New CNN polling conducted by SSRS shows two very different pictures for the marquee primaries occurring on Super Tuesday (March 3).
In California, the largest delegate prize of any state, former Vice President Joe Biden, Vermont Sen. Bernie Sanders and Massachusetts Sen. Elizabeth Warren share the top tier among likely Democratic primary voters. It’s Biden 21%, Sanders 20% and Warren 17%.
The only other candidates to hit at least 5% are South Bend, Indiana, Mayor Pete Buttigieg (9%), businessman Andrew Yang (6%) and former New York City Mayor Michael Bloomberg (5%).
The story is completely different in Texas, the third largest delegate prize in the primary. Biden holds a large lead with 35%. He’s followed by Sanders at 15% and Warren at 13%.
As in California, Buttigieg comes in with 9% and Bloomberg comes in with 5%. Texan and former Housing and Urban Development Secretary Julián Castro and Yang are at 3%.
But perhaps the biggest story from our poll is that the formerly deep red state of Texas looks competitive in the general election if the Democrats nominate Biden. President Donald Trump stands at 48% to Biden 47% among all registered voters.
All the other Democrats tested (Buttigieg, Sanders and Warren), meanwhile, trail Trump by 7 points.
Sen. Lindsey Graham, the Senate Judiciary Chairman, said in his opening statement at today’s hearing that what happened “was not a few irregularities,” but rather “the system failed.”
“Trump’s time will come and go, but I hope we understand that what happened here can never happen again. Because what happened here is not a few irregularities, what happened here is the system failed. People at the highest level of our government took the law in their own hands.”
Graham criticized the way the media has reported on the IG report, saying, “You clearly didn’t read it. If that’s your takeaway that this thing was lawfully predicated, and that’s the main point, you miss the entire report.”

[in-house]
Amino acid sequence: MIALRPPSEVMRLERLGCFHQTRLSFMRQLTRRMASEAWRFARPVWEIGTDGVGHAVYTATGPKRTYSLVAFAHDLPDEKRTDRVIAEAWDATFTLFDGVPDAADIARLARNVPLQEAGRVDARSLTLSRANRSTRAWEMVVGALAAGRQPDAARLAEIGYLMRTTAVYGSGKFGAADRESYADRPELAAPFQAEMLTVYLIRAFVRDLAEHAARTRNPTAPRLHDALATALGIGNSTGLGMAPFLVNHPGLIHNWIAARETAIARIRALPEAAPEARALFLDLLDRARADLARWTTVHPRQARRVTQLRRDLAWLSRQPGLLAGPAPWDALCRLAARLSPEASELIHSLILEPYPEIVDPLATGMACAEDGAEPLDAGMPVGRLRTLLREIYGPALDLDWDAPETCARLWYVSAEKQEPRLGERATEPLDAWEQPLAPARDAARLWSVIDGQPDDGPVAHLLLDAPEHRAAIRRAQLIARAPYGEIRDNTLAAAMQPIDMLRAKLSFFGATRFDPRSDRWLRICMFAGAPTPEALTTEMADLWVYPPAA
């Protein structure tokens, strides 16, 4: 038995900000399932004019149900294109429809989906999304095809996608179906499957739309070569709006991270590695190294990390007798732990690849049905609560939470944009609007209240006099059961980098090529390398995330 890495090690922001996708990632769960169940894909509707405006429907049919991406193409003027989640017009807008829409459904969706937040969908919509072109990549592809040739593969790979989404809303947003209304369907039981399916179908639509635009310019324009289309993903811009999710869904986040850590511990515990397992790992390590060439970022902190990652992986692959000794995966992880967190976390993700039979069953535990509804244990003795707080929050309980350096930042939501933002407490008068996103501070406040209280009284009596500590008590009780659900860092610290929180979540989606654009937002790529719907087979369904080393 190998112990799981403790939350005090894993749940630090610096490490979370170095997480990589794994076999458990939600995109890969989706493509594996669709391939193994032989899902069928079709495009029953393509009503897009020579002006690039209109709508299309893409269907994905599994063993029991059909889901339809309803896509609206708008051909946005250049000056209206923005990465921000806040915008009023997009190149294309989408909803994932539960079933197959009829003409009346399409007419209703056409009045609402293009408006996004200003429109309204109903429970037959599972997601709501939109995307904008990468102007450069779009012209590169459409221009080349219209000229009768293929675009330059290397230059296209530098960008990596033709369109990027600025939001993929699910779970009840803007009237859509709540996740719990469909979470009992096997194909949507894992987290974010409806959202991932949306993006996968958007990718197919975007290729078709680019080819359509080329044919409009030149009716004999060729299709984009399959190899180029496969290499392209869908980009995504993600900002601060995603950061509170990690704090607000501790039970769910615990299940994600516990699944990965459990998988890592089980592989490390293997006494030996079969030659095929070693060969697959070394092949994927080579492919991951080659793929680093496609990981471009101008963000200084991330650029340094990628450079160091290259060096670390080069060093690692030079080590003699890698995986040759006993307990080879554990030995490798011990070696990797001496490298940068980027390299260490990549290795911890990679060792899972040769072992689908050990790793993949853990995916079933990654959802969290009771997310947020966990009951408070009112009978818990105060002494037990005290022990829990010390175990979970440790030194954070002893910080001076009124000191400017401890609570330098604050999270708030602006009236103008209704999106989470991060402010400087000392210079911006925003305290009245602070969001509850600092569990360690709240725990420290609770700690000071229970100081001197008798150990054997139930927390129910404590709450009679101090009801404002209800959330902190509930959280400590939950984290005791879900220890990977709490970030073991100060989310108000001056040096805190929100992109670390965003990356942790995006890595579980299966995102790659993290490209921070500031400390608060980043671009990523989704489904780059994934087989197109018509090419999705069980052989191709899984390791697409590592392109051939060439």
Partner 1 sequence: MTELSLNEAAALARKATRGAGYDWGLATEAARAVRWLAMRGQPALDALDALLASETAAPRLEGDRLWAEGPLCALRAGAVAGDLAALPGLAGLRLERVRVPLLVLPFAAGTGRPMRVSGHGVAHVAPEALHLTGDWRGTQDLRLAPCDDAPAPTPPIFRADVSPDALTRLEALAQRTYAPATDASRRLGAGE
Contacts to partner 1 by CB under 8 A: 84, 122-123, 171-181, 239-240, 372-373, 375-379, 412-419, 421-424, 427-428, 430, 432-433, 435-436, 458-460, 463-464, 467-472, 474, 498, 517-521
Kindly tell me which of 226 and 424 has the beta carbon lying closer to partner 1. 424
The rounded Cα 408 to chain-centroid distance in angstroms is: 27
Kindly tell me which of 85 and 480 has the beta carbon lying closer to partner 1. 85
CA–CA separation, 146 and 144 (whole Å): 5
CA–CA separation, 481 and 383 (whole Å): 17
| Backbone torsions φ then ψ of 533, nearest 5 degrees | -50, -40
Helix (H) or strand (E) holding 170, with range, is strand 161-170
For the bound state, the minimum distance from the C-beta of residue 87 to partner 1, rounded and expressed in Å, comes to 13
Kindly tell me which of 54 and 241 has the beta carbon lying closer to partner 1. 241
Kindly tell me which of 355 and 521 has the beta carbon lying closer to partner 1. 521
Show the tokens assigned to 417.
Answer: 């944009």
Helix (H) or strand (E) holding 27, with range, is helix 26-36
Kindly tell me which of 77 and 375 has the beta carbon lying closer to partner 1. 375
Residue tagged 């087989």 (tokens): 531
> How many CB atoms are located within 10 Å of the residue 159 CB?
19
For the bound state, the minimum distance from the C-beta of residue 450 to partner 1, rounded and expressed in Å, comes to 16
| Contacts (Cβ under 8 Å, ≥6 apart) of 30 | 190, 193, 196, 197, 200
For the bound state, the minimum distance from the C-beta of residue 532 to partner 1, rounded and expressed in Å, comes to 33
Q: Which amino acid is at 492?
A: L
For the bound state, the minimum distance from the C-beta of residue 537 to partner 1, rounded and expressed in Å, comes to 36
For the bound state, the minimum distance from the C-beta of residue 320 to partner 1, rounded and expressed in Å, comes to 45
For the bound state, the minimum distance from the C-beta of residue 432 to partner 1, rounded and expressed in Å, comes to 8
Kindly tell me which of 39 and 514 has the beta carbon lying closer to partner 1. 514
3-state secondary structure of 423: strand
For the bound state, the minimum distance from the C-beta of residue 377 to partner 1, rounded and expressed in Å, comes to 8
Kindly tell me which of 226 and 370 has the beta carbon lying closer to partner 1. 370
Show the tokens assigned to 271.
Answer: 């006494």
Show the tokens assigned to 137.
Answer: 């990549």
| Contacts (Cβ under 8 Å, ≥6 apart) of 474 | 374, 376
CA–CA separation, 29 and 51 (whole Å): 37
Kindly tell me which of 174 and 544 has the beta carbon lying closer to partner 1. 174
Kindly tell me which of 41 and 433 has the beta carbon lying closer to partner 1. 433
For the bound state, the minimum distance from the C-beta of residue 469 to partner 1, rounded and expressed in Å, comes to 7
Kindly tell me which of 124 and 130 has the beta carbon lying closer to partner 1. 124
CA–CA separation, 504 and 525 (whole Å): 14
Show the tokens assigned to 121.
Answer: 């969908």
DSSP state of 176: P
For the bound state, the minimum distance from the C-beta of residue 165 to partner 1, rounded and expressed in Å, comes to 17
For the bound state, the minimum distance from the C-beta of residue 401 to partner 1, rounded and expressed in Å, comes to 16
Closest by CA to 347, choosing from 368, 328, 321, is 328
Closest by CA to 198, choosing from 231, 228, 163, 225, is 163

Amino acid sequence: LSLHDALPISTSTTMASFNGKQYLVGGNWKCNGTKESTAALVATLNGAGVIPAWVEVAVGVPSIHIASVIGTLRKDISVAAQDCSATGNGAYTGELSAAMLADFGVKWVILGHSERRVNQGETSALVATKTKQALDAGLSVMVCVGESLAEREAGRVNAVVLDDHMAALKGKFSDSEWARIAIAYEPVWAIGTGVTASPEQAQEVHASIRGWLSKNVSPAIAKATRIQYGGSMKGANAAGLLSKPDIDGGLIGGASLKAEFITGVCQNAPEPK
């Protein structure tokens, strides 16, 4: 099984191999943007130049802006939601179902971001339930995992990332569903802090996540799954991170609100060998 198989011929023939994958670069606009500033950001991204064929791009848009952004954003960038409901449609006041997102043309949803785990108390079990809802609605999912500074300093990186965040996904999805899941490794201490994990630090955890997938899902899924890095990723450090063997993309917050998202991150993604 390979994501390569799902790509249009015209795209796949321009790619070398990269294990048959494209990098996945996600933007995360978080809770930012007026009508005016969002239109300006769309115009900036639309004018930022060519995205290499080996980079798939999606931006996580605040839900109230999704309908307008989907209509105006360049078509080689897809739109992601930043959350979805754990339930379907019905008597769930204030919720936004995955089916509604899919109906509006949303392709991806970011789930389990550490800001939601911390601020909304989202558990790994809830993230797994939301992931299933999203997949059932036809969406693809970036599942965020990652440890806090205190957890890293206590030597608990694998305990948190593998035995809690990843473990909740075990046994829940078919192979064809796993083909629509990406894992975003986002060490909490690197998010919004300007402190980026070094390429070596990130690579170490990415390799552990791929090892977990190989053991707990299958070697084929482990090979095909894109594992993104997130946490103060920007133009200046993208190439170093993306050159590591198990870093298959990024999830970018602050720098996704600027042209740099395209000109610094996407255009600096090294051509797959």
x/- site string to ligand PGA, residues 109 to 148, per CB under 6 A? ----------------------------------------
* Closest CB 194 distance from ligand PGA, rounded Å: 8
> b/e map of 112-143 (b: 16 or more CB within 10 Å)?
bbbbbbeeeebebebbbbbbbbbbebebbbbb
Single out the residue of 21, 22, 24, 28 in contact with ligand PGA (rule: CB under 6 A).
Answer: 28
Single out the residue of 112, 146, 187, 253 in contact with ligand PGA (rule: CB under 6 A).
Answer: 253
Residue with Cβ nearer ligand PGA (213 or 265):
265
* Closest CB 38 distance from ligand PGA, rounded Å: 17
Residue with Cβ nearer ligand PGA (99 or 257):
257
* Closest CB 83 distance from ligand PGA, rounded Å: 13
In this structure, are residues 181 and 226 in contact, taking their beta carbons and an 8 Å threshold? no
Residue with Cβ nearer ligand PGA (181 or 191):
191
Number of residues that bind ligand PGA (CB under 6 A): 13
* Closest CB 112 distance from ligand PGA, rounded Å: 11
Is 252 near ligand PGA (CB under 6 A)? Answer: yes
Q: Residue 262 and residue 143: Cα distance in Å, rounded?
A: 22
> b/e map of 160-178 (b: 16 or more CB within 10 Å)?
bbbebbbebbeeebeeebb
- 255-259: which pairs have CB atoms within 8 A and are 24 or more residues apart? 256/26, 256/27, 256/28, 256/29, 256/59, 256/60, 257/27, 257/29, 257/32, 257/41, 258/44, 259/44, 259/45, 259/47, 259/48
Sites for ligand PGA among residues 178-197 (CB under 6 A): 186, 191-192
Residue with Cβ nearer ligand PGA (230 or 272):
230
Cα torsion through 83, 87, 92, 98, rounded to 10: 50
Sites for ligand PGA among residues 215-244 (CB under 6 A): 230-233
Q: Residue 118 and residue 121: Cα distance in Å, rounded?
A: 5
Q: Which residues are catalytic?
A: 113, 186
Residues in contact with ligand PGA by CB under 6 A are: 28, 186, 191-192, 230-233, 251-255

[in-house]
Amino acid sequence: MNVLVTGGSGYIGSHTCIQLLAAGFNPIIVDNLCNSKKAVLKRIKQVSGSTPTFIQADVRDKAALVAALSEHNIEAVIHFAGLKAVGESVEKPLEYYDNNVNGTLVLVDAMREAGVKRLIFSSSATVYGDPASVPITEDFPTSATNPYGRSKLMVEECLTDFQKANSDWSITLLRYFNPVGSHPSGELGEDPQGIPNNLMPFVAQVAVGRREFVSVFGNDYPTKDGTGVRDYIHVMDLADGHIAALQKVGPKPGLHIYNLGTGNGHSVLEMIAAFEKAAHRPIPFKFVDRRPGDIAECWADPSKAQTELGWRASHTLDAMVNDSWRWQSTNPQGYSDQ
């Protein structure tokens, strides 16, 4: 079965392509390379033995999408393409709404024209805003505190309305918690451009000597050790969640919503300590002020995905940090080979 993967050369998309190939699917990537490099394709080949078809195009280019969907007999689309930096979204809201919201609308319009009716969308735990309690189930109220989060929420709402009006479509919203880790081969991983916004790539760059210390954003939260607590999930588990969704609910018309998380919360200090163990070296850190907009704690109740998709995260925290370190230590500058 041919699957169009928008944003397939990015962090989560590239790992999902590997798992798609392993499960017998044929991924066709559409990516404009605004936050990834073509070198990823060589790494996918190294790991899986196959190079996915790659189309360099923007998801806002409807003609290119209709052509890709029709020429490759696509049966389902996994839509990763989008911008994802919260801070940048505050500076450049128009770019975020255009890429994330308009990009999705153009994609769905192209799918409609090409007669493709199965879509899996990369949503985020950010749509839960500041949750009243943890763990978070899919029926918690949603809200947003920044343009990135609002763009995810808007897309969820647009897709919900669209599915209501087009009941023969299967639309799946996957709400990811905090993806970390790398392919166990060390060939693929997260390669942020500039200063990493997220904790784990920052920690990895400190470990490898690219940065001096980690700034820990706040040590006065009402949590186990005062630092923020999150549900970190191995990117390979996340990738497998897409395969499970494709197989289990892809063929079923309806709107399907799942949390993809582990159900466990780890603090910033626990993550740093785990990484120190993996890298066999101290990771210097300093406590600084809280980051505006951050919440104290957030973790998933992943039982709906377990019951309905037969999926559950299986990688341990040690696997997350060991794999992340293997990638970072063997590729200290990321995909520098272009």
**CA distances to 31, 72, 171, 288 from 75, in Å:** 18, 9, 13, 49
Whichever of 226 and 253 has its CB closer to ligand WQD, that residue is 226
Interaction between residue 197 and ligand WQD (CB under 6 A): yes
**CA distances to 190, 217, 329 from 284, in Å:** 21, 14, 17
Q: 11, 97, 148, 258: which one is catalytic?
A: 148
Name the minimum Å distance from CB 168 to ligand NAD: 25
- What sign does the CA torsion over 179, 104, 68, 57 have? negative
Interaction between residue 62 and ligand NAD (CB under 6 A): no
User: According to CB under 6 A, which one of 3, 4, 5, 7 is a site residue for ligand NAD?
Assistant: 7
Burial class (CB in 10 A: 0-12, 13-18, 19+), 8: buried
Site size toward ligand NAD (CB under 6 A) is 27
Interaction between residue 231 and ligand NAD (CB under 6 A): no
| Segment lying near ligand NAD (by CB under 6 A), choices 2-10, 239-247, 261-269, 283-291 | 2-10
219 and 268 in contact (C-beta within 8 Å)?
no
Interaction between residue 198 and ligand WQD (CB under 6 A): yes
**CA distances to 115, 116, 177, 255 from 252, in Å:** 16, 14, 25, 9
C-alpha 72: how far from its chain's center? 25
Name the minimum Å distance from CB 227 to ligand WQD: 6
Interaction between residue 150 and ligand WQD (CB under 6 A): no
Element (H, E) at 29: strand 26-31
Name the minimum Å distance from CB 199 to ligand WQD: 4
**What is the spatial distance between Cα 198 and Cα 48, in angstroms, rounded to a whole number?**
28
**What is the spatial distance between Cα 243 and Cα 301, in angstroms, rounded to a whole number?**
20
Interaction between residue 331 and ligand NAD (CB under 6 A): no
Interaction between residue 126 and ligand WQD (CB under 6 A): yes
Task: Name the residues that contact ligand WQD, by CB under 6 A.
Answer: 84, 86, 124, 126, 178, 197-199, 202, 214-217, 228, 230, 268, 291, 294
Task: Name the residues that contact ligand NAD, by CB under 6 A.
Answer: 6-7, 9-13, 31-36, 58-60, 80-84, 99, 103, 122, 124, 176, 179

He claimed that the Clinton campaign was briefed on election interference by the FBI and his committee will receive a defensive briefing tomorrow, but complained that the FBI “never made any effort” to brief Donald Trump about “suspected problems” within his 2016 campaign.
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What’s wrong with this picture? Like the seemingly neglected art it captured, that’s up for debate.
Bette Midler posted a photo of three young museumgoers on their phones. CNN blurred their faces because they appear underage. Credit: Bette Midler from Twitter
They’re a far cry from the class-cutters in “Ferris Bueller’s Day Off,” who spent their day gawking at paintings in the Art Institute of Chicago.
But people cared more that Midler shamed young people in a museum for appearing less than riveted by a 250-year-old painting of a nude woman.
Her comment mirrored a wave of reaction that met Midler’s initial tweet.
Or maybe the star’s criticism was all wrong — those devices hold more information about the artworks in question than the labels stuck next to them.
A ‘metaphor for our age’
Midler’s criticism is one familiar to millennials and Gen Z-ers — young people spend too much time on their devices.
Critics at the time called it a “metaphor for our age.”
It was later suggested that the kids were using the museum’s app to complete a school project.
The eye of the beholder
Sree Sreenivasan, a visiting professor of digital innovation at Stony Brook University’s School of Journalism, oversaw the development of the Met’s smartphone app during his tenure as chief digital officer there. He said complaints that phones sully the museum-going experience “mean nothing.”
It’s important for museums to give people room to relax, refresh and recharge — literally, he said. Letting people plug in their phones somewhere and connect to free Wi-Fi doesn’t guarantee they’ll use it to research the art in front of them, but then again, there are no rules dictating how people experience museums.
“There’s nothing saying that your visitors have to respond to your prescribed way of interacting with art,” he said. “As long as people are in your space, you have a chance to help them connect.”
The girls in the photo shared by Midler aren’t obstructing the view of the painting or taking pictures of it (that is sometimes against museum rules), Sreenivasan noted.
What’s more, he said, the phone-centric behavior isn’t limited to young people.
“I can show you plenty of boomers who do the same thing. I don’t see any problem with it.”
Museums betting on tech
The politics of museum-going have changed with the habits of visitors, and galleries are increasingly incorporating mobile devices into the experience. If audio tours provide one additional means of engagement, phones open up another.
So while it’s uncertain if the girls in Midler’s photo were scouring the web for more information or not, it’s clear that there’s demand for more detail than a placard can provide.